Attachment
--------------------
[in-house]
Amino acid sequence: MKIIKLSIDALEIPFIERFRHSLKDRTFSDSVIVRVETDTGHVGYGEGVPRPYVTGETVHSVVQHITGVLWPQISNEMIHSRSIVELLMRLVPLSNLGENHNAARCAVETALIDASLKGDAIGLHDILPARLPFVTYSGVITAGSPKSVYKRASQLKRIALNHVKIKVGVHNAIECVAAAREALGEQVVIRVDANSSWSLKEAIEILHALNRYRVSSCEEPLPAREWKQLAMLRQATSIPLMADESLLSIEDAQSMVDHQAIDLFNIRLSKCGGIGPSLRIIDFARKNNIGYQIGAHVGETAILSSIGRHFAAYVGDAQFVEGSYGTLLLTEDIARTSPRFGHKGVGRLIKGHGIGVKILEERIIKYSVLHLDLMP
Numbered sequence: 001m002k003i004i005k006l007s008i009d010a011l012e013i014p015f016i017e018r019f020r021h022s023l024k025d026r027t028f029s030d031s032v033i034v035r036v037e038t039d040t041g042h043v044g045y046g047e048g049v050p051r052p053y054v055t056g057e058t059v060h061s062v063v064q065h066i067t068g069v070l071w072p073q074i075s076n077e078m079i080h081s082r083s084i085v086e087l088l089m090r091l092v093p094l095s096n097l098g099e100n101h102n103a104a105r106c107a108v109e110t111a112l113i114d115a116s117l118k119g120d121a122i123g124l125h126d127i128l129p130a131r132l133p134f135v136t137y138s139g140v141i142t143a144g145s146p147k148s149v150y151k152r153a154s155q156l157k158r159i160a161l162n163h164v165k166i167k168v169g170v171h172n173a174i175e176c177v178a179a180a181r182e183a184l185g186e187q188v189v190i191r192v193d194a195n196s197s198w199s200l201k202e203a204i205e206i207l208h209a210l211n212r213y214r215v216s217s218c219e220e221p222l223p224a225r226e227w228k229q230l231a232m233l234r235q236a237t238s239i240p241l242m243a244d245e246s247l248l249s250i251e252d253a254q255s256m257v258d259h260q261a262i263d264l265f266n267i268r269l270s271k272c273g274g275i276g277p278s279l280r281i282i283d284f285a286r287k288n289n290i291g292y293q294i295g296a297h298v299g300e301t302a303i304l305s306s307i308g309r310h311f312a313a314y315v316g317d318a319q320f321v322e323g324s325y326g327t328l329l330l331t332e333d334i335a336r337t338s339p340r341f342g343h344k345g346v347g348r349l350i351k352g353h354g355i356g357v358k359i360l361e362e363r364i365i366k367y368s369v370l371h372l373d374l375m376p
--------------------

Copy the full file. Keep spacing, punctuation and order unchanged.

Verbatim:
[in-house]
Amino acid sequence: MKIIKLSIDALEIPFIERFRHSLKDRTFSDSVIVRVETDTGHVGYGEGVPRPYVTGETVHSVVQHITGVLWPQISNEMIHSRSIVELLMRLVPLSNLGENHNAARCAVETALIDASLKGDAIGLHDILPARLPFVTYSGVITAGSPKSVYKRASQLKRIALNHVKIKVGVHNAIECVAAAREALGEQVVIRVDANSSWSLKEAIEILHALNRYRVSSCEEPLPAREWKQLAMLRQATSIPLMADESLLSIEDAQSMVDHQAIDLFNIRLSKCGGIGPSLRIIDFARKNNIGYQIGAHVGETAILSSIGRHFAAYVGDAQFVEGSYGTLLLTEDIARTSPRFGHKGVGRLIKGHGIGVKILEERIIKYSVLHLDLMP
Numbered sequence: 001m002k003i004i005k006l007s008i009d010a011l012e013i014p015f016i017e018r019f020r021h022s023l024k025d026r027t028f029s030d031s032v033i034v035r036v037e038t039d040t041g042h043v044g045y046g047e048g049v050p051r052p053y054v055t056g057e058t059v060h061s062v063v064q065h066i067t068g069v070l071w072p073q074i075s076n077e078m079i080h081s082r083s084i085v086e087l088l089m090r091l092v093p094l095s096n097l098g099e100n101h102n103a104a105r106c107a108v109e110t111a112l113i114d115a116s117l118k119g120d121a122i123g124l125h126d127i128l129p130a131r132l133p134f135v136t137y138s139g140v141i142t143a144g145s146p147k148s149v150y151k152r153a154s155q156l157k158r159i160a161l162n163h164v165k166i167k168v169g170v171h172n173a174i175e176c177v178a179a180a181r182e183a184l185g186e187q188v189v190i191r192v193d194a195n196s197s198w199s200l201k202e203a204i205e206i207l208h209a210l211n212r213y214r215v216s217s218c219e220e221p222l223p224a225r226e227w228k229q230l231a232m233l234r235q236a237t238s239i240p241l242m243a244d245e246s247l248l249s250i251e252d253a254q255s256m257v258d259h260q261a262i263d264l265f266n267i268r269l270s271k272c273g274g275i276g277p278s279l280r281i282i283d284f285a286r287k288n289n290i291g292y293q294i295g296a297h298v299g300e301t302a303i304l305s306s307i308g309r310h311f312a313a314y315v316g317d318a319q320f321v322e323g324s325y326g327t328l329l330l331t332e333d334i335a336r337t338s339p340r341f342g343h344k345g346v347g348r349l350i351k352g353h354g355i356g357v358k359i360l361e362e363r364i365i366k367y368s369v370l371h372l373d374l375m376p